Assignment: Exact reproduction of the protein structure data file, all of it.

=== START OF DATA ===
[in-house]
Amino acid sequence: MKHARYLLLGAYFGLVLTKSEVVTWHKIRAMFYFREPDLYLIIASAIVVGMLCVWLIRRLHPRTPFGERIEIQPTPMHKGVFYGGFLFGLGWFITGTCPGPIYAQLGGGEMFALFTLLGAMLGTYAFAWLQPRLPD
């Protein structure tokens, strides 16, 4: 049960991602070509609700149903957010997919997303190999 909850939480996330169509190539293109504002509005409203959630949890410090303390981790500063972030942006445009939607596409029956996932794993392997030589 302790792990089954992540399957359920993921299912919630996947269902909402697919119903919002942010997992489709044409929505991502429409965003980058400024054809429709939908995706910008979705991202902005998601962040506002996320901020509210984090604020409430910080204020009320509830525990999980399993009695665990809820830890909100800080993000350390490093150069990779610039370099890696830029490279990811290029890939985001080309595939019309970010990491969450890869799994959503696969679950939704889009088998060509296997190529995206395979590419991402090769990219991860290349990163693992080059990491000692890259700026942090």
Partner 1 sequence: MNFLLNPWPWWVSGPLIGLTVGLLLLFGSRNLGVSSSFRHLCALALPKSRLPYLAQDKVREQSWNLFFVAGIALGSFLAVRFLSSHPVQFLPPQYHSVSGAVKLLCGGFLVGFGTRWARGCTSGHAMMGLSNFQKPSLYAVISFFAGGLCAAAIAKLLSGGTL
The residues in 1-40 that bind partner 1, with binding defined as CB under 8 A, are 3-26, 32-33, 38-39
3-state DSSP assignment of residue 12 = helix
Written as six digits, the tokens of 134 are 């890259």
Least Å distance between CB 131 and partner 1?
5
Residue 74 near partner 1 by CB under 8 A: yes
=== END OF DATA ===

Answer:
[in-house]
Amino acid sequence: MKHARYLLLGAYFGLVLTKSEVVTWHKIRAMFYFREPDLYLIIASAIVVGMLCVWLIRRLHPRTPFGERIEIQPTPMHKGVFYGGFLFGLGWFITGTCPGPIYAQLGGGEMFALFTLLGAMLGTYAFAWLQPRLPD
């Protein structure tokens, strides 16, 4: 049960991602070509609700149903957010997919997303190999 909850939480996330169509190539293109504002509005409203959630949890410090303390981790500063972030942006445009939607596409029956996932794993392997030589 302790792990089954992540399957359920993921299912919630996947269902909402697919119903919002942010997992489709044409929505991502429409965003980058400024054809429709939908995706910008979705991202902005998601962040506002996320901020509210984090604020409430910080204020009320509830525990999980399993009695665990809820830890909100800080993000350390490093150069990779610039370099890696830029490279990811290029890939985001080309595939019309970010990491969450890869799994959503696969679950939704889009088998060509296997190529995206395979590419991402090769990219991860290349990163693992080059990491000692890259700026942090």
Partner 1 sequence: MNFLLNPWPWWVSGPLIGLTVGLLLLFGSRNLGVSSSFRHLCALALPKSRLPYLAQDKVREQSWNLFFVAGIALGSFLAVRFLSSHPVQFLPPQYHSVSGAVKLLCGGFLVGFGTRWARGCTSGHAMMGLSNFQKPSLYAVISFFAGGLCAAAIAKLLSGGTL
The residues in 1-40 that bind partner 1, with binding defined as CB under 8 A, are 3-26, 32-33, 38-39
3-state DSSP assignment of residue 12 = helix
Written as six digits, the tokens of 134 are 């890259």
Least Å distance between CB 131 and partner 1?
5
Residue 74 near partner 1 by CB under 8 A: yes